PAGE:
Harvard Spinoff Lobs Solid State Battery Bomb At Fossil Fuels

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New energy storage technology is driving fossil fuels out of the global economy, and a Harvard University spinoff called Adden Energy has just added more fuel to the fire. Their new solid state battery can last for 6,000 cycles and take just 10 minutes to recharge, which is about the same amount of time as filling up a tank of gas. No word yet on cost, but the Adden is betting that the battery’s long lifespan will help make electric vehicles more affordable.

New Solid State Battery Gives Dendrites The Boot

New solid state energy storage technology is the next big thing, replacing the liquid in a conventional lithium-ion battery with a polymer, a high-tech ceramic or some other solid material. Getting lithium ions to move through a solid is a challenging feat, but the payoff is longer range and faster charging times.

Adden Energy is one among many solid state battery innovators to overcome the ion movement hurdle, and they have also come up with a vigorous solution to the problem of dendrite formation, to boot. Dendrites are tiny fernlike growths that develop on the anodes of lithium-ion batteries. They interfere with battery performance and increase the risk of fire.

Adden got its start at Harvard’s John A. Paulson School of Engineering and Applied Sciences, where a research group headed up by Associate Professor Xin Li has been hammering away at the challenges and opportunities posed by solid state EV batteries.

In 2018 the group racked up one solid state battery breakthrough when it published a study of sulfide solid electrolytes in the journal Nature Communications.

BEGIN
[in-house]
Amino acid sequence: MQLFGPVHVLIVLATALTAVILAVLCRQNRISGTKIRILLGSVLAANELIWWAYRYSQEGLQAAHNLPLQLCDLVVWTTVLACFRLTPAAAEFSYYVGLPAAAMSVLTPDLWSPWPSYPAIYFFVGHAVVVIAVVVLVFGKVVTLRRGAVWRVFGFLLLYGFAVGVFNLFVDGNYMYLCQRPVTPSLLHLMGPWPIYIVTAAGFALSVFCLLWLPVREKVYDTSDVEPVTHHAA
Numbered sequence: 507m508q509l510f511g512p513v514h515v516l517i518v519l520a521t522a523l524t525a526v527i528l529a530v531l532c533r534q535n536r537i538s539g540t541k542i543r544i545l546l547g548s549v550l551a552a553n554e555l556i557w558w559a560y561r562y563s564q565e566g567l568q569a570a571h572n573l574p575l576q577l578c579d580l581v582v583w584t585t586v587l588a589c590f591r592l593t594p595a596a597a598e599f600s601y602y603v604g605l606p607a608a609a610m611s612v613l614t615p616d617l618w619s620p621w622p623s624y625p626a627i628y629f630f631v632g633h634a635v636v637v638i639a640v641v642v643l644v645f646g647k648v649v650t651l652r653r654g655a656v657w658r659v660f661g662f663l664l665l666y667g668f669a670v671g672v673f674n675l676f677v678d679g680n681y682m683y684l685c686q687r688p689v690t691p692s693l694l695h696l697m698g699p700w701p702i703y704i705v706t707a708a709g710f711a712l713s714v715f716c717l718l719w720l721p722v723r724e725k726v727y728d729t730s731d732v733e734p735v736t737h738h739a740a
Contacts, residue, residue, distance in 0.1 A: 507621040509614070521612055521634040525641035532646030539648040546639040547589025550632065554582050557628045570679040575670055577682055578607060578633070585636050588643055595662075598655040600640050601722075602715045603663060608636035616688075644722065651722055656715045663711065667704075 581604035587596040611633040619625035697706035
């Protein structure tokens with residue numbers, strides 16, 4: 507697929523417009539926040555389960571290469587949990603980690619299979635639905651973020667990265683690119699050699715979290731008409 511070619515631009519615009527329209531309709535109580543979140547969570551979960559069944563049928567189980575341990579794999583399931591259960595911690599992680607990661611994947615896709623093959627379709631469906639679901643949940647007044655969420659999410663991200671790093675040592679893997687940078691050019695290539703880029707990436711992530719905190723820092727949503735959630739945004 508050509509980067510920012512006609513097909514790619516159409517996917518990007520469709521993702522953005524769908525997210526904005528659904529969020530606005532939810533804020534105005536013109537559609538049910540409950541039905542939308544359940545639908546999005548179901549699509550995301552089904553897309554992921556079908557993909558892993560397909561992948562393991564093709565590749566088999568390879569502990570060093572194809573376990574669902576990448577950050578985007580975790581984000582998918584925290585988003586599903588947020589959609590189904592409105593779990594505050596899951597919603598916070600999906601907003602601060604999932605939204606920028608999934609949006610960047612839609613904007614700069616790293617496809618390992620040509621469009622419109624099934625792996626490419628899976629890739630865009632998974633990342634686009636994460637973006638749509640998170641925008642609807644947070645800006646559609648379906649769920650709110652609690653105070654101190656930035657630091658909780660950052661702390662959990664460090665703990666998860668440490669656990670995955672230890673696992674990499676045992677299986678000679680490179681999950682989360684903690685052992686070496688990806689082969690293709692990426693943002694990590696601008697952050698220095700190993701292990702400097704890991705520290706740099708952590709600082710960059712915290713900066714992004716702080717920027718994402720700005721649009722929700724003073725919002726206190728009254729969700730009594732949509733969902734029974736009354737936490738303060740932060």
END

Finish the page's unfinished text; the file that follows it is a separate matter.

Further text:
“The goal of our paper is to demonstrate that the control and modification of the microstructures in LGPS and LSPS can adjust and improve their voltage stabilities,” the group explained, referring to two types of crystalline sulfide solid electrolytes.

“More importantly, we aim to reveal the underlying mechanism between the microstructure and the performance of sulfide solid electrolytes, which can serve as the guidelines for the future materials and battery cell designs.”

How Does It Work?

They weren’t kidding around. The new battery is the result of additional research, culminating in a new study published on January 8 in the peer reviewed journal Nature Materials under the title, “Fast cycling of lithium metal in solid-state batteries by constriction-susceptible anode materials.”

Dendrite growth was once thought to be a problem only for liquid-electrolyte batteries, but it can bedevil a solid state battery, too. Various workarounds have emerged to slow them down, and the Li team went one step beyond, to stop them altogether.